When the Atomic Energy Commission puts the Vermilion One Mine on its shortlist of potential sites for storage of nuclear waste, a barrage of protest erupts in Tamarack County, Minnesota, and Cork O’Connor is hired to head security.
His first day on the job, Cork stumbles across a secret room with the remains of six murder victims inside. Five appear to be nearly half a century old - connected to what the media had dubbed “The Vanishings,” a series of unsolved disappearances in the summer of 1964, when Cork’s father was sheriff in Tamarack County. But the sixth has been dead less than a week. What’s worse, two of the bodies - including the most recent victim - were killed using Cork’s own gun, one handed down to him from his father.
As Cork searches for answers, he must dig into the darker passages of his family’s past. New threats surface, and unless Cork can unravel the tangled thread of clues quickly, more death is sure to come to Tamarack County.
©2010 William Kent Krueger (P)2010 Brilliance Audio, Inc.
Great mystery and full of suspense. The historic information and the suspense keep you wanting for more. The characters are great. Have recommended Cork O'Connor books to nearly anyone who will listen. This is another of the great stories William Kent Krueger brings to life in the character of Cork O'Connor!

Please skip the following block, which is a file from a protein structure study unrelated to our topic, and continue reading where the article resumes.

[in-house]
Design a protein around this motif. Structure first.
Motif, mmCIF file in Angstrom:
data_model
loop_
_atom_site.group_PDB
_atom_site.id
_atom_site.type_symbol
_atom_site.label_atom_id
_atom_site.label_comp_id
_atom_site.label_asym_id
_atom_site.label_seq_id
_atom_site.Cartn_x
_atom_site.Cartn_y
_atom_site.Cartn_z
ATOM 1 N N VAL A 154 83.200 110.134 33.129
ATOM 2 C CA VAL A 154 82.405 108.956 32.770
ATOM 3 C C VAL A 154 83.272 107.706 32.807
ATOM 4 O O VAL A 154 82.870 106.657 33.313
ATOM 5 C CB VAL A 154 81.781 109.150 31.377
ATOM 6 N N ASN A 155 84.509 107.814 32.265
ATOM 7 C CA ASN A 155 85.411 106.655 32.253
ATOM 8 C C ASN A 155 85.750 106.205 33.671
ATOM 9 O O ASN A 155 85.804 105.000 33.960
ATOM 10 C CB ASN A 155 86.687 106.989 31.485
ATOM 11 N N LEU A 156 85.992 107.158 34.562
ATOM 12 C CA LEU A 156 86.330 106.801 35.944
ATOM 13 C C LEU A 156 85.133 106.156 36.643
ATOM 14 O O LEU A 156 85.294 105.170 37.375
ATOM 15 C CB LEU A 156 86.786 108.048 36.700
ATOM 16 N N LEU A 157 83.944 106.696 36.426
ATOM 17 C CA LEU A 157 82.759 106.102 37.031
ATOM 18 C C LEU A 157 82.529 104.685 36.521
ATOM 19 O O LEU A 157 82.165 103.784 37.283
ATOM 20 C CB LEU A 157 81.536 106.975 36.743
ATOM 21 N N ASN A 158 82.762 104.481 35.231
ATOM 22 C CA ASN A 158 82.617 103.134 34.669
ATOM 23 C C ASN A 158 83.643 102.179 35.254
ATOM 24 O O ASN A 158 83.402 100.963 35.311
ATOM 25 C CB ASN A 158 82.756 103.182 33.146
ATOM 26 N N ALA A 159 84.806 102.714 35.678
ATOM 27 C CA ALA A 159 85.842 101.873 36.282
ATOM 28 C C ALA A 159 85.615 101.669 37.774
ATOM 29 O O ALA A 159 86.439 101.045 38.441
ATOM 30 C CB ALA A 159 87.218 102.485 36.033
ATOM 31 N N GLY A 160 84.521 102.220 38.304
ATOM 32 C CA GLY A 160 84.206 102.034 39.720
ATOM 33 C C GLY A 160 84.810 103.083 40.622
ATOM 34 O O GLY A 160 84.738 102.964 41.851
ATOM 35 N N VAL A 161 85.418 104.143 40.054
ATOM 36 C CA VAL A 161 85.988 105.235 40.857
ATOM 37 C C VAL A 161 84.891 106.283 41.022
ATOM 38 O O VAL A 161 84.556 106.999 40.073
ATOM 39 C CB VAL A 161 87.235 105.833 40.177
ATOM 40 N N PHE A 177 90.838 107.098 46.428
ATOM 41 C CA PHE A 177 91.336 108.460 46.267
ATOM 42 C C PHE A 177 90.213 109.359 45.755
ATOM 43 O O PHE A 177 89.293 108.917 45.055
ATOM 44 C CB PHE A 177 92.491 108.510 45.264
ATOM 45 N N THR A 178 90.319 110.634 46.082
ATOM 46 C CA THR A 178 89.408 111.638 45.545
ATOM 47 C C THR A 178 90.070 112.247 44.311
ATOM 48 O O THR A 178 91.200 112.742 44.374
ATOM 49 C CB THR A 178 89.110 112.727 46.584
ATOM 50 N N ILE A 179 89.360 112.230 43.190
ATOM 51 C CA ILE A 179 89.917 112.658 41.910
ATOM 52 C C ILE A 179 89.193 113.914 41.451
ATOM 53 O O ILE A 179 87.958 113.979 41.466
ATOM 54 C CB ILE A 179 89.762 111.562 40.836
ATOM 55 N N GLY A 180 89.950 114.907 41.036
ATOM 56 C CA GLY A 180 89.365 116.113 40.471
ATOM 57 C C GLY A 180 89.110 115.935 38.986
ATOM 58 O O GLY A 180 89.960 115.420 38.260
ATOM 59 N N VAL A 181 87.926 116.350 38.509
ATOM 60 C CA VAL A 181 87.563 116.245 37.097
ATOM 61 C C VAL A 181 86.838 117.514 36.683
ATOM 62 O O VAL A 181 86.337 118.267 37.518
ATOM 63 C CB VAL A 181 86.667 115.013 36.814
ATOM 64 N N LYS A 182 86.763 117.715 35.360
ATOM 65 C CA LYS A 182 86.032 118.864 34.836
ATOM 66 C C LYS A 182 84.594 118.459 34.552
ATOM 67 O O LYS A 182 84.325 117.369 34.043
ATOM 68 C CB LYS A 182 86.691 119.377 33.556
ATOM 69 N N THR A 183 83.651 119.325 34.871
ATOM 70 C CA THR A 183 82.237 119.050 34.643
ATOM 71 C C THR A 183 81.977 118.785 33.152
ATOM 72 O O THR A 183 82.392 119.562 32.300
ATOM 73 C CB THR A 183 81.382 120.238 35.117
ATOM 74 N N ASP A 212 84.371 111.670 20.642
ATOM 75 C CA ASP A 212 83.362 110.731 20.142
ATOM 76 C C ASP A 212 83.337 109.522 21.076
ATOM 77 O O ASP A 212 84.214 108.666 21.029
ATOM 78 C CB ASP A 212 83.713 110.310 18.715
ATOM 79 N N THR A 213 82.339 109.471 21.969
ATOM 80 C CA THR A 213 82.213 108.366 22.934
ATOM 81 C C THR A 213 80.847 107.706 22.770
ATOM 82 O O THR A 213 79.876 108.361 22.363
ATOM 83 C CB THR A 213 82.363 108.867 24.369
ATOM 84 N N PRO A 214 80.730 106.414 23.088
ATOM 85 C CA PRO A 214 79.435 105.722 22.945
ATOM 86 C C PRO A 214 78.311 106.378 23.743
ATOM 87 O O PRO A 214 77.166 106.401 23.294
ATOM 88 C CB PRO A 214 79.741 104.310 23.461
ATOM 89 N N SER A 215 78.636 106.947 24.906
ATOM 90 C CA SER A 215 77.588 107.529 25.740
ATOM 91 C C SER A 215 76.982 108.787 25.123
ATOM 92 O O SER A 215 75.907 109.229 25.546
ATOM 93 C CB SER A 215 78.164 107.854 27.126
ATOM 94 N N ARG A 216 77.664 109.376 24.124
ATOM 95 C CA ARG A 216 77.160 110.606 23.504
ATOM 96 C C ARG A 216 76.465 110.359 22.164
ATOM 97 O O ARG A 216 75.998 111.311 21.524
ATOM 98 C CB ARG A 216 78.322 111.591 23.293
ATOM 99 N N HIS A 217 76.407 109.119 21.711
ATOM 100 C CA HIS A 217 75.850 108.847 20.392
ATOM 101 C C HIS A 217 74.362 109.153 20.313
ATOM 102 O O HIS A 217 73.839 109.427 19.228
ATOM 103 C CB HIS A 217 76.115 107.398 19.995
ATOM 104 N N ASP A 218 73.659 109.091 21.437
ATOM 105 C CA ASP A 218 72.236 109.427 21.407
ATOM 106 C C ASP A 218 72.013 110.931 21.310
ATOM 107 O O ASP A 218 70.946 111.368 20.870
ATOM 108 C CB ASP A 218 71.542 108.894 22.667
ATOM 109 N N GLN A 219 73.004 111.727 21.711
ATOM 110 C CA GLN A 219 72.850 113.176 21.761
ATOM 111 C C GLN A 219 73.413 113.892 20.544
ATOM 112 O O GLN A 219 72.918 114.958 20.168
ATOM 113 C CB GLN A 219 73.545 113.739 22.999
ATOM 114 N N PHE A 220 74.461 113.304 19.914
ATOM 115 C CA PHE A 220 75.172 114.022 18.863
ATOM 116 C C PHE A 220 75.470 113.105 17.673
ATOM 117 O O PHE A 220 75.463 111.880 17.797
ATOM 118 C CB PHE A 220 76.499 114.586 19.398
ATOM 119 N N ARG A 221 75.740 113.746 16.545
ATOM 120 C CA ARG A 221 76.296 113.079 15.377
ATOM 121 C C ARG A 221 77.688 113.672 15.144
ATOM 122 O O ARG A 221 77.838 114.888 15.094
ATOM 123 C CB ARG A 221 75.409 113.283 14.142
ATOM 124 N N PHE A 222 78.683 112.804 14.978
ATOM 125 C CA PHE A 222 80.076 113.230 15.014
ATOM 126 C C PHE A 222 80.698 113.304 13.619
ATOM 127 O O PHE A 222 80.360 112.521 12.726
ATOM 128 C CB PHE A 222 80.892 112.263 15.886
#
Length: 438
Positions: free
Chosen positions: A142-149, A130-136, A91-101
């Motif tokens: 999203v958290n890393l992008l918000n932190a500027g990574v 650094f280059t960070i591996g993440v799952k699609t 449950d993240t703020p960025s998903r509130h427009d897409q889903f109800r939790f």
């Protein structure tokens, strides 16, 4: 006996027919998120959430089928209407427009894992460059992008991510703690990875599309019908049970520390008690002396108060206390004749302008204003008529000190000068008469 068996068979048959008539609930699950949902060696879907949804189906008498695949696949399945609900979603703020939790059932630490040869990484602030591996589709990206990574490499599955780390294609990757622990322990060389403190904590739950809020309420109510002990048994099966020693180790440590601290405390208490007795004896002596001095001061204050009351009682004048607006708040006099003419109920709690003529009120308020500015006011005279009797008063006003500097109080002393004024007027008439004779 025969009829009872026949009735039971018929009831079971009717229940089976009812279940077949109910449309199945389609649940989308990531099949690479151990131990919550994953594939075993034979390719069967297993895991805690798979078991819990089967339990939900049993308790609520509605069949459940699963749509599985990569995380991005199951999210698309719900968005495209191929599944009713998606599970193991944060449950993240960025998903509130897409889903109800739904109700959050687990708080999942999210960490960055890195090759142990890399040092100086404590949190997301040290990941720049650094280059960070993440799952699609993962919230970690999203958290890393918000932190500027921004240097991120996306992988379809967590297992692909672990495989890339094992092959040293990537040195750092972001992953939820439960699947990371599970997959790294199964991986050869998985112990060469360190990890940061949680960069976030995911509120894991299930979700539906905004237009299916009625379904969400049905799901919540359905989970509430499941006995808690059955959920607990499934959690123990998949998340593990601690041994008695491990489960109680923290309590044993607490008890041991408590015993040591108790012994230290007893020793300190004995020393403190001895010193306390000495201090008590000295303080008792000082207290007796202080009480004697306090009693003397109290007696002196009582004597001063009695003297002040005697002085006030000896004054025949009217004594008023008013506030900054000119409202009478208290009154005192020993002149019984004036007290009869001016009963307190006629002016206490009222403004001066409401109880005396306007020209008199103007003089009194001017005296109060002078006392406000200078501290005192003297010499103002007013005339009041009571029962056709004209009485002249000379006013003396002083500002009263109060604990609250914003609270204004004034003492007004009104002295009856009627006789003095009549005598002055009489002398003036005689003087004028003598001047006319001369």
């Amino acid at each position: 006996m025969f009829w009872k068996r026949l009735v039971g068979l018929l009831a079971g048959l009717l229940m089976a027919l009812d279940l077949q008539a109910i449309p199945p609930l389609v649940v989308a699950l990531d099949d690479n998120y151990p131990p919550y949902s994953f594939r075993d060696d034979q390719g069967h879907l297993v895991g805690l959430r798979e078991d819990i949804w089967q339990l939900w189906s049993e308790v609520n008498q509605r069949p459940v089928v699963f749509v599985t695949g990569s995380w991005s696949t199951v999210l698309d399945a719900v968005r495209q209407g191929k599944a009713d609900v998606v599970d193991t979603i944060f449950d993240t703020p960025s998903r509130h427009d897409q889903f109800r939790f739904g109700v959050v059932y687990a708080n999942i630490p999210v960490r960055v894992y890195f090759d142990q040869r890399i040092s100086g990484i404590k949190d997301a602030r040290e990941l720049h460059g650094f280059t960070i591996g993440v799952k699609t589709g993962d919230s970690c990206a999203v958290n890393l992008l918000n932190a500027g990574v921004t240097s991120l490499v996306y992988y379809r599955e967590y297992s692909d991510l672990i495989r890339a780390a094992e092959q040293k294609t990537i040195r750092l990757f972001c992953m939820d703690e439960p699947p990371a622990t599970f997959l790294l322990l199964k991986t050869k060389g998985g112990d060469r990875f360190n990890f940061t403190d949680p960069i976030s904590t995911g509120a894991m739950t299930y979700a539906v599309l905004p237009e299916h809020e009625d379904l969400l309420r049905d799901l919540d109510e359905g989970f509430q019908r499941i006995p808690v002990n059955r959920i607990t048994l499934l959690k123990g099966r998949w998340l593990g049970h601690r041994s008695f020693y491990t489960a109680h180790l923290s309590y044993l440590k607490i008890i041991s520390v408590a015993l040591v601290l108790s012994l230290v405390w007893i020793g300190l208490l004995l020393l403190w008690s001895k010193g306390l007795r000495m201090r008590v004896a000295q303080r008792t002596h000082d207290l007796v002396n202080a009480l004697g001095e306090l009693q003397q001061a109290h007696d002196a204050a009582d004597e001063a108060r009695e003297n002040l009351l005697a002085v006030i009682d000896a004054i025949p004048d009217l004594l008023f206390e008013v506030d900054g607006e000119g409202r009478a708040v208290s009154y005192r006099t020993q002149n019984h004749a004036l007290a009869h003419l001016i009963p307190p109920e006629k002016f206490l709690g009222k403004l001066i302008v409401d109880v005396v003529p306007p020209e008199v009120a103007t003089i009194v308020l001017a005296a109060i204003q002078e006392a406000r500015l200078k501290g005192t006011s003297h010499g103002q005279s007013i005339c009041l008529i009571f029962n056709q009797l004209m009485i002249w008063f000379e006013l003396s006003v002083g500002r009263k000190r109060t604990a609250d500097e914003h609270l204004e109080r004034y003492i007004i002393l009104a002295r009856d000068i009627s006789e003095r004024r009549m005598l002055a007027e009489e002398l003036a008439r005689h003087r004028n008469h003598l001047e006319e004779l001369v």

I am rarely seen without my headphones on and my iPod clipped on my waist. I love my books.
August 15th I started my first book in the Cork O'Connor series. I am so happy that I gave this series a try. Just when you think that you have things figured out, here comes a curve ball or two or three... William Kent Krueger keeps you guessing. I hope that you give this series a try. Well worth the time and credits.
I've read every book in this series, and have now officially grown exhausted. The shape of the story is much like a Ross McDonald novel, with the sins of the past, long buried, surfacing to plague the present. But the story-in-a-story became a self-indulgent family history with a pop psychology float. The repression of memory is unbelievable and takes far to long to work through.
Mr. Krueger is skilled at his craft, understands the elements of a good story and is able to move between the emotions and cultural friction of the Natives and the white community giving each a voice. This story is well worth reading as have been the other books I have read by this author, this story is suspenseful and the characters are full and believable. I enjoyed this book.
William Kent Krueger never disappoints. I discovered the author with this book and have gone back and am listening to the Cork O'Connor books in order. I was not as fond of the narrator as David Chandler .
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